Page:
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Cytus Alpha Review

Upon the launch of the Nintendo Switch, music rhythm game VOEZ was one of the platform’s highlights.

With its sumptuous presentation, catchy songs and infectious gameplay, it remains one of the best music rhythm games currently available. It only has one problem: you can only play it in handheld mode thanks to it requiring you to use touchscreen controls. But Cytus Alpha, also a music rhythm game by the same developer, doesn’t have the same restriction.

Cytus Alpha is an enhanced version of Cytus, a mobile phone game that has also been tweaked for release on PlayStation Vita in the past. There’s also been an arcade version. Cytus is actually older than VOEZ, which also started life as mobile phone game, but you wouldn’t tell playing Cytus Alpha.

It’s been available on Switch for a while now, though while those in North America have been able to buy it physically as well as digitally, those in Europe are only just being given the chance. The Collector’s Edition of the game is available via a select number of retailers.

With its colourful, crisp, native resolution visuals, Cytus Alpha is beautiful to look at, especially in Switch’s handheld mode. Its menus are like a work of art, clean yet sophisticated, and during gameplay there’s not too much clutter. There’s nothing to distract you from the myriad of notes appearing on the screen, allowing you to clearly focus on the task at hand. And that’s important, because Cytus Alpha takes no prisoners.

Cytus Alpha 2 (1)

The gameplay of Cytus Alpha feels comfortably familiar, yet how it’s presented gives it an alluring uniqueness. Notes appear all over the screen, and you need to hit the required buttons just as a line roving up and down the screen passes over them. Simple circular notes require a tap of the screen or a button, while notes with straight trails require you to hold one or the other. And then there are notes that have paths with arrows on them; for those you need to drag your finger in the correct pattern on the screen or simply hold the trigger buttons.

Being able to use buttons to play Cytus Alpha makes it much more accessible to play. Don’t get me wrong, it’s probably more intuitive playing the game via touchscreen, but as you really need to use both hands, you’re required to lay your Switch flat to do so. That limits where you can play it. Using buttons, you can play Cytus Alpha absolutely anywhere, unlike VOEZ. And you’re not put at much of a disadvantage.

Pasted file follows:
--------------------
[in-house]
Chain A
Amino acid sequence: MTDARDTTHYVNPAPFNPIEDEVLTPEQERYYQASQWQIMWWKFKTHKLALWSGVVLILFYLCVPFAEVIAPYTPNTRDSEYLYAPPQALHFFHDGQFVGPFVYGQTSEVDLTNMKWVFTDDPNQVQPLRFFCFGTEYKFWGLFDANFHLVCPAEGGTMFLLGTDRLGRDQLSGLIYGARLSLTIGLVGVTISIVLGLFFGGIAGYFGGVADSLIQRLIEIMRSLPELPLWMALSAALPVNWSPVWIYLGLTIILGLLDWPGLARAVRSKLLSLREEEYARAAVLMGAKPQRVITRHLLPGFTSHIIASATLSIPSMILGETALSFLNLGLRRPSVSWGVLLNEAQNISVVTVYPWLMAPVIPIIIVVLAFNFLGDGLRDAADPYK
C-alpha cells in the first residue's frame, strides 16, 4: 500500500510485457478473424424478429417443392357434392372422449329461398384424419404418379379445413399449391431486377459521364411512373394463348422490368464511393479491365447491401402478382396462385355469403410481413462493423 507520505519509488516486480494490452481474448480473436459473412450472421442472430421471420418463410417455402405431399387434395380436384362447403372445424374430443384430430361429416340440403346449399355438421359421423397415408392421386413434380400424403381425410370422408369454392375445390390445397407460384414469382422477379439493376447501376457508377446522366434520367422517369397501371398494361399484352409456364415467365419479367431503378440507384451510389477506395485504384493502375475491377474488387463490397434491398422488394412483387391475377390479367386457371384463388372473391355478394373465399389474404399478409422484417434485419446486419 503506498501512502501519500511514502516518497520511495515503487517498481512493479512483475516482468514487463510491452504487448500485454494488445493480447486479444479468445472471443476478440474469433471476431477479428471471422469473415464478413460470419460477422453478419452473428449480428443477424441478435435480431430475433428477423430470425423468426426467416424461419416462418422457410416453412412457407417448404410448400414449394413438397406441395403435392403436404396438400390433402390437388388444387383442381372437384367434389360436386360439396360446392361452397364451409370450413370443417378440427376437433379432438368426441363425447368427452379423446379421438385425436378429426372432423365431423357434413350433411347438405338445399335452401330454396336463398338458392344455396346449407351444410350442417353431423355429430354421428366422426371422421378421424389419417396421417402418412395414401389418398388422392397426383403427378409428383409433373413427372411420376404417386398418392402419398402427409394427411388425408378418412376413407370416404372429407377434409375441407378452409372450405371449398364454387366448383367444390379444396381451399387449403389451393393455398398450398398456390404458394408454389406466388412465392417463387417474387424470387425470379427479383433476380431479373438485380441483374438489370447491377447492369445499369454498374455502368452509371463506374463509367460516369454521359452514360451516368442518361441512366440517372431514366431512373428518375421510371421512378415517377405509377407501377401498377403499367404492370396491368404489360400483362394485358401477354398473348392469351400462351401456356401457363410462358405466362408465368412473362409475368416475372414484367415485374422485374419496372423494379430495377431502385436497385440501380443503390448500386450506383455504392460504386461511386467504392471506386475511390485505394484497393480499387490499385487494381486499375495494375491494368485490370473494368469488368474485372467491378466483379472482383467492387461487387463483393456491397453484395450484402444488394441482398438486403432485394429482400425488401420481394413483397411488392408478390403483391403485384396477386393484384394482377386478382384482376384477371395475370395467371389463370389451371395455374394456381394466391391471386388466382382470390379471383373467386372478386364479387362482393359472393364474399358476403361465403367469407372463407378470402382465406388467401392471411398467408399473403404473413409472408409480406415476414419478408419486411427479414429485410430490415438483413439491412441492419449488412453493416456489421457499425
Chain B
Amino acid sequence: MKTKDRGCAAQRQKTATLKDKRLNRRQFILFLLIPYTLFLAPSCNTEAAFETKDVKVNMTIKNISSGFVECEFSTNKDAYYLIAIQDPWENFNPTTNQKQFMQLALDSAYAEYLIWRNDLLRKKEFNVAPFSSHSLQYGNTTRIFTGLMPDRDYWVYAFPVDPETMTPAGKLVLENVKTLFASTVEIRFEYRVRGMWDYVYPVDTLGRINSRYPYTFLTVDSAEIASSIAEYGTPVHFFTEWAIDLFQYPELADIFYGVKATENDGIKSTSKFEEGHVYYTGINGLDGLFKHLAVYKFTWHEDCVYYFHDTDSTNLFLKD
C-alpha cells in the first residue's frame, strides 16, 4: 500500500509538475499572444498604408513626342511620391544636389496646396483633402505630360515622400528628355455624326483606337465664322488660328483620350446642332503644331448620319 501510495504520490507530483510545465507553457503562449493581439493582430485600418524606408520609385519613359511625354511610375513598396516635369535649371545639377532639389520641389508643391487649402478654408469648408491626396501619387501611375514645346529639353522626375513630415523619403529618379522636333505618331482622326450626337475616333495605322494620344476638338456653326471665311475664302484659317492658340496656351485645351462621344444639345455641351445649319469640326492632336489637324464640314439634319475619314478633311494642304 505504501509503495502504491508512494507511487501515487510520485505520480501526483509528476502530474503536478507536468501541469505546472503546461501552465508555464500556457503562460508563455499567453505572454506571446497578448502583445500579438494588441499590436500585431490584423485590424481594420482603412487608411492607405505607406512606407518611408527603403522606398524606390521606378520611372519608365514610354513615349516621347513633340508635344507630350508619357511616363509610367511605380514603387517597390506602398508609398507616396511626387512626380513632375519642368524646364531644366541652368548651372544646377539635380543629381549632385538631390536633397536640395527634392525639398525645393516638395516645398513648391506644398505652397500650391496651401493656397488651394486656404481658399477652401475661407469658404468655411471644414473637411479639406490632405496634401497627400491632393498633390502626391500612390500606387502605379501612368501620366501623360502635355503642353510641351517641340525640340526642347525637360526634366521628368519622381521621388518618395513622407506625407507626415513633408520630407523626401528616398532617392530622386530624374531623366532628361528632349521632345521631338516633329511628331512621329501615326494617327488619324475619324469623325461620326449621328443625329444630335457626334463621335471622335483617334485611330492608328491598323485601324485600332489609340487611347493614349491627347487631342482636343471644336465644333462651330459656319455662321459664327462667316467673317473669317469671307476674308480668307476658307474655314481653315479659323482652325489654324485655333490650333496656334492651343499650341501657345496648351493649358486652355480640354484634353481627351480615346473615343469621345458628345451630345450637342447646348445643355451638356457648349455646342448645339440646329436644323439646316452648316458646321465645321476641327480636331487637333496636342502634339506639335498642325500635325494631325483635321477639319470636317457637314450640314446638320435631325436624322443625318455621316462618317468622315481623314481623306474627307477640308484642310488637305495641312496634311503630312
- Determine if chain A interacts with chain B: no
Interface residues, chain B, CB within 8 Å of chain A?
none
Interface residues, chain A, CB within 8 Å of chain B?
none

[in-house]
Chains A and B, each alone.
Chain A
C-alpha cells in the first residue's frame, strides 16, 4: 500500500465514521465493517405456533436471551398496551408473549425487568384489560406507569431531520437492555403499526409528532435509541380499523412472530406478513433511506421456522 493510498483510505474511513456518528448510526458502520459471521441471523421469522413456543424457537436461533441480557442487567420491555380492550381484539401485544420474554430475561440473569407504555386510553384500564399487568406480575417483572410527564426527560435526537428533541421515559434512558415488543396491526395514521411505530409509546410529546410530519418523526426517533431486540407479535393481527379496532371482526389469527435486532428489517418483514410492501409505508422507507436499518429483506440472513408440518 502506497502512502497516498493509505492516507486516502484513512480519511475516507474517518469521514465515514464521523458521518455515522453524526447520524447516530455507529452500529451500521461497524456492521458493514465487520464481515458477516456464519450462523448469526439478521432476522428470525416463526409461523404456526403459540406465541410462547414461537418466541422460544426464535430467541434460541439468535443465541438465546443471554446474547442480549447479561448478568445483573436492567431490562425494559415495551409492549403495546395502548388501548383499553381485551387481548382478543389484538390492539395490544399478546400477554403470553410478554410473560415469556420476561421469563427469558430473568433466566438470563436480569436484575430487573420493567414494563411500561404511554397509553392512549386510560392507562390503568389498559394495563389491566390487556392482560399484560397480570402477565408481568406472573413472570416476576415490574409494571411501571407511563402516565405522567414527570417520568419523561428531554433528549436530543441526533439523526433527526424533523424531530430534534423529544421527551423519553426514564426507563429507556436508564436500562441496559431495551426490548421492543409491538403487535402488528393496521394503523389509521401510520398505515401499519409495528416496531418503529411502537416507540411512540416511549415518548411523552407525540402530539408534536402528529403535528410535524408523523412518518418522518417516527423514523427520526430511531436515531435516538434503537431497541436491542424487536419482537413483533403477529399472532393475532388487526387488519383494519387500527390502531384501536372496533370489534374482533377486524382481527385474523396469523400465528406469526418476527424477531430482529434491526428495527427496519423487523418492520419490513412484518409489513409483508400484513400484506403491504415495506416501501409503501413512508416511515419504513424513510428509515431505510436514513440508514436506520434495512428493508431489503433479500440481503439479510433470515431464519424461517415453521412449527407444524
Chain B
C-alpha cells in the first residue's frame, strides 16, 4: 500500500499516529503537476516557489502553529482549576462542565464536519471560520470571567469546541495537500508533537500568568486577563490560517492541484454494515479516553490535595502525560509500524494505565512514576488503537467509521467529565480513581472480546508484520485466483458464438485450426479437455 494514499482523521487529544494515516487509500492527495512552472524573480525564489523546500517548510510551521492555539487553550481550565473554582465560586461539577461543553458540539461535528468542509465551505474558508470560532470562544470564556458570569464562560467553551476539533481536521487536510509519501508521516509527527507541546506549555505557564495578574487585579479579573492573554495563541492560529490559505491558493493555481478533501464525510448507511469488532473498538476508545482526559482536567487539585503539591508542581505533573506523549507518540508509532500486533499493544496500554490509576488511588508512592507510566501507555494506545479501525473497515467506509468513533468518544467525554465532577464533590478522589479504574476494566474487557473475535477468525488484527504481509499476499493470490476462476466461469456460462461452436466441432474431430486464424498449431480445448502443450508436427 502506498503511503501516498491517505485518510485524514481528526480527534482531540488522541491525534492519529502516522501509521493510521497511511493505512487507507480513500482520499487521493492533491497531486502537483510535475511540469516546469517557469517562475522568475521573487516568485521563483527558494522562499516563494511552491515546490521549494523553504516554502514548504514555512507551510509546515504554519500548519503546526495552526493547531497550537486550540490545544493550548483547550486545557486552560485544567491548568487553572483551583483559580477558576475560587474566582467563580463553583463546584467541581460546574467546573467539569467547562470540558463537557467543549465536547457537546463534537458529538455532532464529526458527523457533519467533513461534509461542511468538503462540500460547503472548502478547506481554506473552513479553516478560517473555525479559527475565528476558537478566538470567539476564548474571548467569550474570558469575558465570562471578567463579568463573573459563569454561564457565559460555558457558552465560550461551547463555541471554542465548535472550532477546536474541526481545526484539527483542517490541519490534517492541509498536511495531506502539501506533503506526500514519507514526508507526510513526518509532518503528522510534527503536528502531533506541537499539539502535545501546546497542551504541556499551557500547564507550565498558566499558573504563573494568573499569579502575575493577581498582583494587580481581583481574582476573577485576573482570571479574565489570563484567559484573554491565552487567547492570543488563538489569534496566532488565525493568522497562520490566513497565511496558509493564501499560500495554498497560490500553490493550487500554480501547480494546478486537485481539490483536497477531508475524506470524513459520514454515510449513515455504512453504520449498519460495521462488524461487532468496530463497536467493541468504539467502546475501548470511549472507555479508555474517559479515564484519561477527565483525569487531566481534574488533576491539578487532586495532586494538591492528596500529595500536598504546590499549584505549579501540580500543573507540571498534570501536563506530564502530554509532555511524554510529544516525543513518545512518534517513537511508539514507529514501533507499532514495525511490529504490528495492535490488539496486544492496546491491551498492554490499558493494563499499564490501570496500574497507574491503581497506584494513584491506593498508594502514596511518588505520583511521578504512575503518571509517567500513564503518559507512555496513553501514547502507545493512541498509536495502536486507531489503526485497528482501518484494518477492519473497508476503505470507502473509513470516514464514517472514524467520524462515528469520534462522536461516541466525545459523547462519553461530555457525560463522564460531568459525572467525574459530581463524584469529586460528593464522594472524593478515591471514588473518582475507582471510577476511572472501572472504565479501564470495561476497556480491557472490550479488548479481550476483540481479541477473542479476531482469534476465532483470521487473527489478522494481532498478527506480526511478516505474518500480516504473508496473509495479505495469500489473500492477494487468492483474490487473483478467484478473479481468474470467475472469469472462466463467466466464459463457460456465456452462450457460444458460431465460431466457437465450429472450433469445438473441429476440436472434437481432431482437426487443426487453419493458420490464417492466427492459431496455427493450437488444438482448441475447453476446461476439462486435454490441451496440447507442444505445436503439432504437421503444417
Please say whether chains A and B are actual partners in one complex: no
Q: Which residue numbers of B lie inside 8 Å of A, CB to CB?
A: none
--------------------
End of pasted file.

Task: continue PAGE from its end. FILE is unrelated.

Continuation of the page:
Cytus Alpha 3 (1)

With notes thrown at you sometimes at astonishing speed, you quickly get used to tapping away at both the face and d-pad buttons to hit them one after another. The hardest thing is training yourself to hold the triggers instinctively. Cytus Alpha is fairly lenient on the whole though, allowing players to progress even if they aren’t ninjas with lightning-fast reflexes – especially on the game’s easy difficulty.

Cytus Alpha doesn’t just have easy-to-pick-up, hard-to-master gameplay though; it also has an abundance of content. There are ten main chapters for you to work through, and many extra bonus chapters. Unlock them all and you’ll have over 200 songs to play, covering a wide range of genres. Chances are you won’t have heard the huge majority of the songs before, but it doesn’t really matter. There aren’t really any duds.

If for some reason you feel like you need a narrative to make the experience worthwhile, there is a story to unlock, complete with yet more beautiful artwork. It really isn’t necessary though. The real draw of Cytus Alpha is its wonderful music and mesmerising gameplay. It doesn’t need any context.

Cytus Alpha 1 (1)

For those who are particularly competitive, Cytus Alpha also features online play, allowing three players to battle it out to be the victor. It’s rare that you actually find opponents, but matchmaking is never a fruitless affair. If a match isn’t found, you’re allowed to play by yourself, and every attempt at a song allows you to make your mark on the online leaderboards. It’s just a shame that the maximum score available on each song is 1,000,000 points, limiting long-term competition. But that’s about the only negative thing I can point out about Cytus Alpha.

As music rhythm games go, Cytus Alpha is up there with the best of them. Some may be a little put off by its price – £44.99/$49.99 is rather steep – but thanks to its sheer amount of content, it’s well worth it. There are tens of hours of fun to be had with the game, especially for players that seek to tackle all of its songs on Hard difficulty. And every minute they spend in that pursuit will be filled with energetic excitement.

Cytus Alpha is available on Switch.

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